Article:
Over the last three years, employers have supported young people’s careers aspirations in greater levels than ever before.
It was only two months ago that we reported that eighty percent of secondary schools and colleges pupils now benefit from engaging with employers at least once a year. Two thirds are gaining from regular work experience.
Through a concerted effort of schools, colleges and employers, the gap in making sure every single young person benefited from experiences with employers fell from 1.2 million to 700,000 young people in just eighteen months.
This still highlighted a lot of work to do. But with the trajectory clear, there was an expectation amongst employers and educators alike that this would be met in the next couple of years.
Turning to the recovery
We released that report in January, which now seems like an age ago. The effects of Covid-19 are so all consuming that at times, it feels irresponsible to focus on anything but the preservation of life. However, whilst we are still firmly in the grip of the battle with the virus, those who can should cast some attention to the recovery efforts.
This is our concern. The perspective of young people must not be lost within this. The education debate has understandably focused heavily upon the pressing concerns regarding qualifications in the absence of examinations, safeguarding and home-schooling arrangements.
But we must also make the transitions that young people were intending to make into further and higher education, employment or apprenticeships a priority. Young people will take these steps in perhaps the most difficult labour market conditions in living memory.
Impacts last for 20 years
Evidence from previous recessions shows that the impact can last for years. Research in the US shows that graduates who enter the jobs market in a recession earn less for more than a decade. And UK evidence shows young people who experiencing prolonged unemployment are still feeling the affect in their wage packet 20 years later.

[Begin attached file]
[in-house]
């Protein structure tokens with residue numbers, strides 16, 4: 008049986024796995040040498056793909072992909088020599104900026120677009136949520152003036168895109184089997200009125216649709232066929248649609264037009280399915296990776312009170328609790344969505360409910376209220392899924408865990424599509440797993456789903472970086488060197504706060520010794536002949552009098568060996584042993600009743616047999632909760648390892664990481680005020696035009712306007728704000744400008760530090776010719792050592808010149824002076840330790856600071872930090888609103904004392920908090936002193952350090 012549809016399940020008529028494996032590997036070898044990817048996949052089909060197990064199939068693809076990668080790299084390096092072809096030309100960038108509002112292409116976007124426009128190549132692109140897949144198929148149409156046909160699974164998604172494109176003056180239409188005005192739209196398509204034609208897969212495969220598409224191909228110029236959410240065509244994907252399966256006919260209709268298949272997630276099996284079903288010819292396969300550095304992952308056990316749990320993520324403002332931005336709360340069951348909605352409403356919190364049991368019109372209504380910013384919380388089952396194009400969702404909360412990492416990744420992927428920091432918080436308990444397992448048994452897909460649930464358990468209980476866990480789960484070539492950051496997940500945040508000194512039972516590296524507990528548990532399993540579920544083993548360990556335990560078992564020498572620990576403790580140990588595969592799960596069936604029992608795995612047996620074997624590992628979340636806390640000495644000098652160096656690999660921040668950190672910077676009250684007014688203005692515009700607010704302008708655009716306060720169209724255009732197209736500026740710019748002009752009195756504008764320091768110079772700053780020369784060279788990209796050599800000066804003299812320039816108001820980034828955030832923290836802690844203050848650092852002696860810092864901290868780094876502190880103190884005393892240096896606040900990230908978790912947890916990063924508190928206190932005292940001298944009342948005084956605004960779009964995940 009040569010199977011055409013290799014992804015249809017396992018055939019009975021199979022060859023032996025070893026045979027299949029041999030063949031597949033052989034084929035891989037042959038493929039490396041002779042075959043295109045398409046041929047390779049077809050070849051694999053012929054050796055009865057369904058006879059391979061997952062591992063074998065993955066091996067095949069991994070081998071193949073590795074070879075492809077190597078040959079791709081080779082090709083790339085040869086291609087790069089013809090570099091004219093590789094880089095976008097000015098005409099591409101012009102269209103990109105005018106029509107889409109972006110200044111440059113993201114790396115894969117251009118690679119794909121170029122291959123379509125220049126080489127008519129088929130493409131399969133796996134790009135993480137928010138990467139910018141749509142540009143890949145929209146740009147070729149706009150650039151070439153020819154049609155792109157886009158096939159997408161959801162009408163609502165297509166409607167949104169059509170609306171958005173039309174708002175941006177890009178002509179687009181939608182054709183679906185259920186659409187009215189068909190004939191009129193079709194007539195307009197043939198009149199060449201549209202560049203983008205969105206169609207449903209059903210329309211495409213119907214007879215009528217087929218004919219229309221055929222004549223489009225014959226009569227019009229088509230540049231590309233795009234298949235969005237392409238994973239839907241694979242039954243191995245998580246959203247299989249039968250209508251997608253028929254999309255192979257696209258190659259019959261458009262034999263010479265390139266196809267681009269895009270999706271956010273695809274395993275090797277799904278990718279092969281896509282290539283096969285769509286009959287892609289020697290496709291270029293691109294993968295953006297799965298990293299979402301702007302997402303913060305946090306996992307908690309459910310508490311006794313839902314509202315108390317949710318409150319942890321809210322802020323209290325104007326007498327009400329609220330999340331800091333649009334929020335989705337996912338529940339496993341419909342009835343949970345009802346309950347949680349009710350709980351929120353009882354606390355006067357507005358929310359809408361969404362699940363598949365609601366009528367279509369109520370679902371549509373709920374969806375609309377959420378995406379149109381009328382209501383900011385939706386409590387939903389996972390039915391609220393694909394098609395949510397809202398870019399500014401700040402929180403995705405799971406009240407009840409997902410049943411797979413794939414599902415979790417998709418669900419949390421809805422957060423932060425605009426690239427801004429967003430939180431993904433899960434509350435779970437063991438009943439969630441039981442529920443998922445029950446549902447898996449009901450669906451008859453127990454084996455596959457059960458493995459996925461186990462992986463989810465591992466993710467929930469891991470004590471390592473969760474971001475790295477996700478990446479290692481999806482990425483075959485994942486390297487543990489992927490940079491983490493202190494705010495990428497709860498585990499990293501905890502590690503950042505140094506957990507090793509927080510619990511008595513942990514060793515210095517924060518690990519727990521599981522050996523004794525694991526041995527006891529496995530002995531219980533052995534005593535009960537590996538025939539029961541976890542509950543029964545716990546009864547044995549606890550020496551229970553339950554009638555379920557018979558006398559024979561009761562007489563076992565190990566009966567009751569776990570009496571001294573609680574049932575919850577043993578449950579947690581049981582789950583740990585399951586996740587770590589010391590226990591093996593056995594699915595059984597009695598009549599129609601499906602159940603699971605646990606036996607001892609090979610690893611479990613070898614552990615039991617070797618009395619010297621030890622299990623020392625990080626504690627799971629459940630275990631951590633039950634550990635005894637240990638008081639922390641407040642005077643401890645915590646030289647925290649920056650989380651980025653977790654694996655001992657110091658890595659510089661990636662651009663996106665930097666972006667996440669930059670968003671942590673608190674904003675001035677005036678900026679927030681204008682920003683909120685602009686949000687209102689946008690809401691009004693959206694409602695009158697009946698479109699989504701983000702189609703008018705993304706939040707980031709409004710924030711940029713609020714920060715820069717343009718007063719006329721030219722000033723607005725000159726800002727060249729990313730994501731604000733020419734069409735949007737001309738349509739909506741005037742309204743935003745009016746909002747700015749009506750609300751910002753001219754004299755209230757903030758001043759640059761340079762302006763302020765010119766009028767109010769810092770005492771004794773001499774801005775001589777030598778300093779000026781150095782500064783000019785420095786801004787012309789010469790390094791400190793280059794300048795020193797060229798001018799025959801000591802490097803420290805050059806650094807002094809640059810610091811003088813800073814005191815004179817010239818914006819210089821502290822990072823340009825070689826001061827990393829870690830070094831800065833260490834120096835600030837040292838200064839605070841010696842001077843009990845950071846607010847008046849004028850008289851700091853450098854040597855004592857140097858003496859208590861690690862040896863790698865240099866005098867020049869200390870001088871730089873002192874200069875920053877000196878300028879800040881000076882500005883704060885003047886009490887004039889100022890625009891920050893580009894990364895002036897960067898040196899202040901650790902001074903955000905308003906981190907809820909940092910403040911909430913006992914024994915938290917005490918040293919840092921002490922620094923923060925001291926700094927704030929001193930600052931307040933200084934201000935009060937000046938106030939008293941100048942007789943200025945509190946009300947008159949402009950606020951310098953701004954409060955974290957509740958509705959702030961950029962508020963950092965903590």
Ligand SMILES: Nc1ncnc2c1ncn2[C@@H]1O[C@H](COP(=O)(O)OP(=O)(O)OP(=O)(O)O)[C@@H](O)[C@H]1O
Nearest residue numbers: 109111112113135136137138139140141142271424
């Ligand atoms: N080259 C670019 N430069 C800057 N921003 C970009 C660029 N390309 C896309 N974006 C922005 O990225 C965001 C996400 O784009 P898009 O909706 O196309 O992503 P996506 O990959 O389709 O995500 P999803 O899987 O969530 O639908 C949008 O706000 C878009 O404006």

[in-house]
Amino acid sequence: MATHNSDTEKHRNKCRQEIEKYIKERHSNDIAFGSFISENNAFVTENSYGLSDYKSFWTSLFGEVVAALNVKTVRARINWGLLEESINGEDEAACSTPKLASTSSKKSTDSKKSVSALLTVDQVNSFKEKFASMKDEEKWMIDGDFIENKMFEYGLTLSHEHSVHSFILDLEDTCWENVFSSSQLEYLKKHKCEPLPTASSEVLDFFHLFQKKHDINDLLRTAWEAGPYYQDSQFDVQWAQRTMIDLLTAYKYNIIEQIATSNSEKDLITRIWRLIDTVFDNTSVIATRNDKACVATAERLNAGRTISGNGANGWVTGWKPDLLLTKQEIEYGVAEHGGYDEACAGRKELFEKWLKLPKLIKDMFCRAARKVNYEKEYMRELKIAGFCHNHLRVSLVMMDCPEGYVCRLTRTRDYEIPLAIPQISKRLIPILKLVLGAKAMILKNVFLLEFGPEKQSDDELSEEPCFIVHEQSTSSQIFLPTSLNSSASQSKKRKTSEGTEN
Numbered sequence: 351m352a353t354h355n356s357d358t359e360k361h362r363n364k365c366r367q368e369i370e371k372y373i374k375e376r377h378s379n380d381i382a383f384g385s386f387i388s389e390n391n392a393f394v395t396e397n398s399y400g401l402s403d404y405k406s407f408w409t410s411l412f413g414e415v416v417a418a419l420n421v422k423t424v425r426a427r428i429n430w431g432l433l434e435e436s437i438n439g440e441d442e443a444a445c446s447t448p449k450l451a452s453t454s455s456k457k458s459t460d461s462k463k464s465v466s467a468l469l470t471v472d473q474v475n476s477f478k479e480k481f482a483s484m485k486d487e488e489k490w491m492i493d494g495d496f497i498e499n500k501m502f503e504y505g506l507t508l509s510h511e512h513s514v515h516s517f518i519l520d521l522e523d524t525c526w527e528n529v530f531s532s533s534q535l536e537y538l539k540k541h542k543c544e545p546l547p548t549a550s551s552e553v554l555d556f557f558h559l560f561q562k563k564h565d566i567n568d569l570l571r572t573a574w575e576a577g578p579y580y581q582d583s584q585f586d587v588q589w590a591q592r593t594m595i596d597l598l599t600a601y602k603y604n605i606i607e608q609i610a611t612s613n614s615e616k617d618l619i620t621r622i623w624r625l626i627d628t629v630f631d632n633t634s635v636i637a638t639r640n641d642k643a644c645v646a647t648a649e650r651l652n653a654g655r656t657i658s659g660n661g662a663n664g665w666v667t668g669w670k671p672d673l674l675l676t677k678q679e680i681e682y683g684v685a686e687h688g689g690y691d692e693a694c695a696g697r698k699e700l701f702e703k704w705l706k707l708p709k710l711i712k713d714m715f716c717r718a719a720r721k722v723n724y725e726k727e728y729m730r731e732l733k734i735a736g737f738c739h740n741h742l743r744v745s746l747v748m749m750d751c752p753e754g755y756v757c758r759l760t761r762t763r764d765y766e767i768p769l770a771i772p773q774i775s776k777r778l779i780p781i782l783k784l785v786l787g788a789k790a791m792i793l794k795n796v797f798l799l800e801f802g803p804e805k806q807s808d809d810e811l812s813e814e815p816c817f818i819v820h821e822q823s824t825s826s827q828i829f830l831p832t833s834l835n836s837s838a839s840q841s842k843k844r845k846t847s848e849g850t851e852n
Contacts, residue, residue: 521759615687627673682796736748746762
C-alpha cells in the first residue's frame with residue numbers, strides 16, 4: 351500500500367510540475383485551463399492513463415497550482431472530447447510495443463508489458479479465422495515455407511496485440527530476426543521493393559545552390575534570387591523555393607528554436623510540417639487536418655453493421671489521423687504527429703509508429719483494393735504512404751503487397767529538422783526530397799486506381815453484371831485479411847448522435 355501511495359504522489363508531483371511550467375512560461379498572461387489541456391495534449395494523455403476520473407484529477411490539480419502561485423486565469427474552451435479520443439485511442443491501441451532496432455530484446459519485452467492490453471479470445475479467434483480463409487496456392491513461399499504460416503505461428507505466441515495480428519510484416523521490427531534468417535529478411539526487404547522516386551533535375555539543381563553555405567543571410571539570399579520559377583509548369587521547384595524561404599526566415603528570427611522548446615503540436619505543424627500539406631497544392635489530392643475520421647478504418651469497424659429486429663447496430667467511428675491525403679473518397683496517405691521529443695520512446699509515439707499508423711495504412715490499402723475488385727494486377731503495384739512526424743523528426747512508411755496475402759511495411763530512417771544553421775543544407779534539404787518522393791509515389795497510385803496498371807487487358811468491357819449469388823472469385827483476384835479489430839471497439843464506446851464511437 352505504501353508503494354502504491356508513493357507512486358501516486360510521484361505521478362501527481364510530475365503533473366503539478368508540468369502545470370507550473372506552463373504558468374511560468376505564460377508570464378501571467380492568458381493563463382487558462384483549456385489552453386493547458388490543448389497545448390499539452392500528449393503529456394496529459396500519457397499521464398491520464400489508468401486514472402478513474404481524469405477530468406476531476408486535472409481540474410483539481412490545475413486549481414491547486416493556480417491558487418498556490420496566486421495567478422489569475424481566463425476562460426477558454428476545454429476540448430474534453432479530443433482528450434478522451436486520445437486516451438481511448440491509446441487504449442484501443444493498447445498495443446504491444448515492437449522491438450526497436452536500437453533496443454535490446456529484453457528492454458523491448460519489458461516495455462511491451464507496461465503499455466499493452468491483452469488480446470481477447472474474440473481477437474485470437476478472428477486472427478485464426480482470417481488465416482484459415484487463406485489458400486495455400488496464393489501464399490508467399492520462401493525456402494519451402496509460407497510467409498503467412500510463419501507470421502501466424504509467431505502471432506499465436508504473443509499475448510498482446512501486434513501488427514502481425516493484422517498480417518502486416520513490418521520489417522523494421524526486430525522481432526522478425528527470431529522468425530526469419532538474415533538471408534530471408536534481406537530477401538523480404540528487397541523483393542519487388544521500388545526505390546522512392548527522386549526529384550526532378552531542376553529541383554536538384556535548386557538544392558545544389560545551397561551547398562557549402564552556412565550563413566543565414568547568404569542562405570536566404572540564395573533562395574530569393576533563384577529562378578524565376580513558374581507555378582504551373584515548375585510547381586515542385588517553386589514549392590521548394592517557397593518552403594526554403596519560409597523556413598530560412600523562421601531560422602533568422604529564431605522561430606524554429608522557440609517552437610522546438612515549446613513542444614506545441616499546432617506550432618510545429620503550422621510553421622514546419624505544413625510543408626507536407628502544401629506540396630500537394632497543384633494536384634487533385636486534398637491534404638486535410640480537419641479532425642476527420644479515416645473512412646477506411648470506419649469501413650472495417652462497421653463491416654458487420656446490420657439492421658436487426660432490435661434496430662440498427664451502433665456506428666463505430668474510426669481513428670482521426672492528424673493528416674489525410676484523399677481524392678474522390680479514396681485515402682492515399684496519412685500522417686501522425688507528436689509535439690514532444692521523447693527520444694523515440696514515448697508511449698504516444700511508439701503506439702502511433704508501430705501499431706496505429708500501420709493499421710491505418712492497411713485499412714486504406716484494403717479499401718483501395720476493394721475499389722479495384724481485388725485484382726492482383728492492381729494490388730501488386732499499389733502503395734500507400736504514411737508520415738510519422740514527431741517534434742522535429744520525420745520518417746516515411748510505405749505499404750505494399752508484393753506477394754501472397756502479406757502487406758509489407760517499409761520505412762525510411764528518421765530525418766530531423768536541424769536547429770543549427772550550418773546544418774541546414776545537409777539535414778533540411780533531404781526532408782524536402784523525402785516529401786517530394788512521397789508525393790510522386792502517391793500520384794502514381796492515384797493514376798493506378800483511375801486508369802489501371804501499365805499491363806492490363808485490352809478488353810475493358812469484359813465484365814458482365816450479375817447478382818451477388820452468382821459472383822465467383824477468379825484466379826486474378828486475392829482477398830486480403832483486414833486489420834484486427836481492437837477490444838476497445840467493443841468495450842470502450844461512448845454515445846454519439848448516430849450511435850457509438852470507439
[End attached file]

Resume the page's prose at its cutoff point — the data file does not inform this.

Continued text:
It is more critical than ever that these young people benefit from the regular support from employers that they were starting to enjoy before the lock-down.
We’ve been amazed at the impressive response of the employers that we work closely with. Two-hundred major businesses – our ‘Cornerstone employers’ – are focused in geographical areas of need. And three thousand individual volunteer Enterprise Advisers support schools and colleges with the development of their careers programmes.
Virtual activity is thriving
Virtual meetings have continued at pace, with strong attendance and continual offers of support. At short notice, our Cornerstone Employers have successfully converted to the virtual world – whether that is construction firms like Morgan Sindall and Willmott Dixon taking part in #learninginlockdown to offer virtual work experience placements, or Rolls Royce and the Scouts creating STEM themed ‘The Great Indoors’ to promote physical and emotional well-being.
Our Cornerstones in Ipswich – including BT, Ipswich Town FC, Suffolk County Council, the Ipswich Building Society – are offering virtual tours of their workplaces for young people.
And our ‘Work It’ series of short films, starting this week, showcase the experiences of new entrants to the workplace, to inspire the next generation. We continue to recruit new Enterprise Advisers, assisting schools and colleges to improve their careers support.
And it’s positive to see that – while no one doubts providers are facing huge challenges – 80% of apprentices are continue to receive training despite the lockdown. The speed with which providers switched to virtual provision almost overnight has to be admired.
A profound challenge
We know that the task to close the gap so all young people to benefit from this approach is now going to be more profound than ever. We understand the challenges that UK plc is facing and will continue to face in the months ahead.
Enabling significantly increased numbers of young people to see the workplaces of their futures, particularly in areas of disadvantage, has been one of the great developments in talent pipeline management in years.
This must continue for the sake of the rebuild efforts. As an organisation, we will support employers and make it as easy as possible for them to connect with education to enable this critical work to continue.
John Yarham, Interim Chief Executive at the Careers & Enterprise Company
John was previously chief executive at Futures Management Group, and director of economic development and skills and learning at Nottingham City Council.Recommend0 recommendationsPublished in